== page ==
I’ve had asthma since I was 12, and it’s just started to flare back up again later in life. Those that have asthma will understand that if there is anything you could do to lessen your symptoms, you would seriously consider it.
Since my asthma started up again one month ago, I have started taking ‘Deep Lung Support’ daily, changed my pillow slips to anti-allergy ones, dusted all shelves in my house, and banned myself from sitting in the same chair the cat sleeps in!
I also went and purchased a new vacuum cleaner to help remove as many asthma triggers as I can from the ground and air around me. Two weeks into a cleaner floor and I’m feeling better. Whether it was the new vacuum or not is impossible to say, but no doubt it played a role in my recovery.
My first hand experience of using a vacuum cleaner to reduce asthma symptoms is supported by studies done by people much smarter than I will ever be! There is research that demonstrates that regular vacuum cleaning and dusting significantly reduces the number of harmful allergens, dust, and mites that live in our carpets and rugs.
The best vacuum cleaners for asthma have a sealed system that uses a high quality HEPA filter. The HEPA filter ensures that the dust and grime that you vacuum remains in the sealed dust canister, and doesn’t escape back into the air that is circulating your house.
There is such a wide variety of vacuum cleaners available on the market these days, that researching and choosing one is no simple task! But that’s where we can hopefully help. We have reviewed the best vacuum cleaners for asthma suffers and compiled our learnings in this section.
When making a final decision, keep in mind that paying a little bit more for a higher quality vacuum cleaner can be worth it in the long run, in terms of quality, convenience, performance, and your health.
Here are the key things you should keep in mind when choosing which vacuum cleaner you should purchase to keep your asthma under control.
Bagged or Bagless Vacuums for Asthma?
I’ve written about choosing a bagged or bagless vacuum extensively on my specific Bag VS Bagless Guide. In regards to what is the best choice for people with asthma, the same conclusion still applies: bagged vacuum provide an extra layer of protection from the allergens and should be the type of vacuum cleaner you purchase.
Asthma sufferers will also appreciate owning a vacuum that doesn’t create a little cloud of dust every time it needs emptying. Bagless vacuums are typically emptied by a detachable canister that unclicks from the vacuum, and emptied into a plastic bag or directly into the houses garbage. This isn’t always the tidiest of processes and for me personally, results in a bit of a sneeze frenzy and watery eyes (unless you have really long arms, I suspect this may be the case for you too!).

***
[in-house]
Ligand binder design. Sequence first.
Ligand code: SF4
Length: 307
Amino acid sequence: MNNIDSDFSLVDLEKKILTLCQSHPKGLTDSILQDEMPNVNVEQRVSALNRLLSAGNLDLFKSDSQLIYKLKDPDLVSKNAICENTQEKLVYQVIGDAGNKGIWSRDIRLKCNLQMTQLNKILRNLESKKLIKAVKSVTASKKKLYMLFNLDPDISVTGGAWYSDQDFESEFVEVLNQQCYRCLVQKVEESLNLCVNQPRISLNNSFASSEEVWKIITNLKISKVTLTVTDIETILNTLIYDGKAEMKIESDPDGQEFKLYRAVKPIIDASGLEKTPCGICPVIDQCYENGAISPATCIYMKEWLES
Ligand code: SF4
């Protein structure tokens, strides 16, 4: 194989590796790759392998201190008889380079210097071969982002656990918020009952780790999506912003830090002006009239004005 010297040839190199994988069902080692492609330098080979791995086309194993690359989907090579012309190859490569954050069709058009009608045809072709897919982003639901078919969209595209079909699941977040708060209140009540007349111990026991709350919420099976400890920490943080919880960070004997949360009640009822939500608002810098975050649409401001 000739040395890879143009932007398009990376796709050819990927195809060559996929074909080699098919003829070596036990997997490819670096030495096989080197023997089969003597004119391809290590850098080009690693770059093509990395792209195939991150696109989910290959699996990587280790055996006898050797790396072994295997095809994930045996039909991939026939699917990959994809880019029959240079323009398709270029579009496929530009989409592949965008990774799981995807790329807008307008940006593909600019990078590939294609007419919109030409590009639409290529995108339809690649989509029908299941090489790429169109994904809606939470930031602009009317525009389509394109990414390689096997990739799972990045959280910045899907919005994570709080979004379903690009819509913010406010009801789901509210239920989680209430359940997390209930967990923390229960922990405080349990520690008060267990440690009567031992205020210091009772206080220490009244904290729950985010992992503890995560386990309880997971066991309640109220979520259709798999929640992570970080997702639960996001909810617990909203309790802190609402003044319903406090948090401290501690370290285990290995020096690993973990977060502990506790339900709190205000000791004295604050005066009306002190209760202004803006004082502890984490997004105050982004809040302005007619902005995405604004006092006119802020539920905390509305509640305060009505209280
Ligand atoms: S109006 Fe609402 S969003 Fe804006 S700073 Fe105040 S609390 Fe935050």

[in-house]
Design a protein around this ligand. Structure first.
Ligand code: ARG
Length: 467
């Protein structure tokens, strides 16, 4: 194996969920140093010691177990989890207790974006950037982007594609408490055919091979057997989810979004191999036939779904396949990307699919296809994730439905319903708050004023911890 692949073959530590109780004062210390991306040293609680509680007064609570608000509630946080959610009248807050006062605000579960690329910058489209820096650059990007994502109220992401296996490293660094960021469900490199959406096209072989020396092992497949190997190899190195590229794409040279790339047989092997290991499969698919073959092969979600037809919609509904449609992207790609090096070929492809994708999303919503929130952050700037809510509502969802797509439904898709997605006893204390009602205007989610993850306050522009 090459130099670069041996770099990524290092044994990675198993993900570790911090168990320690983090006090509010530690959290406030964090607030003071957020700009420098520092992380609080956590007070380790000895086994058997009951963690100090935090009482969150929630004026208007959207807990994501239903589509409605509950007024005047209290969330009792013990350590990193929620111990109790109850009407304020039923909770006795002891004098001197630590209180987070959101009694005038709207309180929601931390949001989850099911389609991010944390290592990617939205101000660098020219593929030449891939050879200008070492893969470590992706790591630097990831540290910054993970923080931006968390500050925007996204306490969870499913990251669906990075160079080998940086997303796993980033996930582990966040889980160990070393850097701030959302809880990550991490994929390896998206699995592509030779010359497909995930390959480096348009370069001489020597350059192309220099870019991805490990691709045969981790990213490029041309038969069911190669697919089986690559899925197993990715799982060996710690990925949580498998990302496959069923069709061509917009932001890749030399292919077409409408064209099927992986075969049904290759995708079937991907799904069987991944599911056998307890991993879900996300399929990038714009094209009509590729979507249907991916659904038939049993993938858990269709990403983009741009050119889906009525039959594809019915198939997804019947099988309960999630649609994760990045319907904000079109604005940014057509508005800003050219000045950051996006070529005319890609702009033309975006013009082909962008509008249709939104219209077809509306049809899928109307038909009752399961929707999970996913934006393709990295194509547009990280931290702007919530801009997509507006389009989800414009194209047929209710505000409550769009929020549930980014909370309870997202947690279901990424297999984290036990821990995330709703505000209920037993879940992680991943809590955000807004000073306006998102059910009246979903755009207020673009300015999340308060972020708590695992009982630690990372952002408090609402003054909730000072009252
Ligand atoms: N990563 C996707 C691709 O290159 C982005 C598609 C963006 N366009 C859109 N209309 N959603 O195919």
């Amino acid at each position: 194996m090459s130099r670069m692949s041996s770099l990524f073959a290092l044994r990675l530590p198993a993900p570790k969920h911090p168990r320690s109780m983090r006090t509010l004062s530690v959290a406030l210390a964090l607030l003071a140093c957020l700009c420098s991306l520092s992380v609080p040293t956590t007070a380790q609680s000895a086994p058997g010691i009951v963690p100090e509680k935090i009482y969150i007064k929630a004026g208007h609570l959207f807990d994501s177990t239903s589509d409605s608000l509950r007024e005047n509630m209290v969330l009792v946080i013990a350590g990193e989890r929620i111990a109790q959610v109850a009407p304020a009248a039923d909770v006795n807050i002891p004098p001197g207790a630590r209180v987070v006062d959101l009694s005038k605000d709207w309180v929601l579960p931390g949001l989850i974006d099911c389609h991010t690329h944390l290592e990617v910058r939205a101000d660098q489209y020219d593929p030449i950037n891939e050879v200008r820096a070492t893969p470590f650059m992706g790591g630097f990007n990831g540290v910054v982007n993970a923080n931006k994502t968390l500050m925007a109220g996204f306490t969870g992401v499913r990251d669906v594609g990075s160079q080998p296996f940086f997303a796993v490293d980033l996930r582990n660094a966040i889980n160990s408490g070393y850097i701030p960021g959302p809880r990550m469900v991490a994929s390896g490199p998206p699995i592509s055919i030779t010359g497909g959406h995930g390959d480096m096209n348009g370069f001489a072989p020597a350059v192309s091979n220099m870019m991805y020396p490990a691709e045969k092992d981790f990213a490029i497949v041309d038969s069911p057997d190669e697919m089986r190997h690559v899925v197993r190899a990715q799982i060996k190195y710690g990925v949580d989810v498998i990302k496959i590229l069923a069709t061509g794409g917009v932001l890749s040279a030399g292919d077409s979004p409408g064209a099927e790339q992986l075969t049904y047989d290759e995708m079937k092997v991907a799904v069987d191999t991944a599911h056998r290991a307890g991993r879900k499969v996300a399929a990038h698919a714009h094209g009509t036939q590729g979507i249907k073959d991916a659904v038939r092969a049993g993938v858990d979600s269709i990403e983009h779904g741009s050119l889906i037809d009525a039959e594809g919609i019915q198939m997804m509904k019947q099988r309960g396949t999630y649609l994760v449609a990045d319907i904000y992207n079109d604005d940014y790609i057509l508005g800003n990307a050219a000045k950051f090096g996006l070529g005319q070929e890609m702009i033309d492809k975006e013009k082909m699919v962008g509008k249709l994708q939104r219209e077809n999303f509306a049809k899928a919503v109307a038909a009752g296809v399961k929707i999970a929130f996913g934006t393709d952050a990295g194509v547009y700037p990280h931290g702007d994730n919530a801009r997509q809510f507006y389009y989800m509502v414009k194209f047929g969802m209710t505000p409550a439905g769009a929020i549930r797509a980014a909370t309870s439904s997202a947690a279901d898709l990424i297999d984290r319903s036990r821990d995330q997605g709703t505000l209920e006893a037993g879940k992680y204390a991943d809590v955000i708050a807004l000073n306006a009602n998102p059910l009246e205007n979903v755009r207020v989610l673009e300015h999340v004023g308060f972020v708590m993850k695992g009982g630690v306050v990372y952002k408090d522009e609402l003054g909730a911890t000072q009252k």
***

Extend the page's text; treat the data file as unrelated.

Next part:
A bagged vacuum will keep all the dust away from your respiratory system as you conveniently remove and place the bag into the garbage. Most bagged vacuum cleaners these days have an auto-seal feature meaning that once the dust gets into the bag, it is not getting out! Ensure you purchase high quality bags, especially if you have asthma. There are many knockoffs and cheaper imports available for most big brand vacuums, but sticking to the branded product will ensure you have the most allergen-free house possible.
The best vacuum cleaners for people with asthma will come with a range of accessories to ensure no agitating dust is left untouched! Ensure your vacuum cleaner head uses a combination of air driven brushes and suction. Rotating brushes are more effective on getting pesky pet hair out of your carpet fibres. This type of brush is more effective than a basic vacuum head, which will rely on suction only. The next level of brushes will not only suck, and have rotating brushes, but also vibrate to give your carpet a deep clean and loosen any embedded grime that may be deep within the fabric. I personally have a rotating head, without the vibration, and find it is doing the job just fine in helping control my asthma.
My cat sleeps on my couch, which means it is constantly coated with her fluff. My vacuum also comes with a small attachment for upholstery, which makes a visible difference every time I run it over her favourite chair. Ensure your vacuum choice comes with a specific upholstery attachment. Preferably one that has rotating brushes to give the fabric a deep clean with one or two passes (trust me, it’s frustrating of you have a basic non-rotating attachment and try to pick up pet hair. Twenty passes later, and the fluff can still be sticking to the chair!)
An edge cleaner accessory is also particularly important for people with asthma. If you’ve ever given a house a thorough top to bottom clean, you will have seen how much dust and fluff accumulated in the corners of rooms, where the carpet meets the wall. This area has high concentrations of bacteria and mites and should be regularly vacuumed with your edge cleaner attachment.
The best vacuum cleaners for asthma have a bag, a rotating head attachment, and a high quality filter. If asthma is a big problem for you, resist buying the cheapest model you can buy. Read our reviews of the best vacuums cleaners for people with asthma and buy the best you can afford. Also read about the asthma and allergy friendly certification program. They will ensure you get the best of the best if asthma is truly an issue in your life.
If you have asthma, and have any advice for our readers, or questions for our experts, please leave a comment below. Don’t forget that having a clean house can help relieve asthma symptoms, but should be a part of your asthma control regime. A healthy lifestyle, and in some cases effective medication, are also important.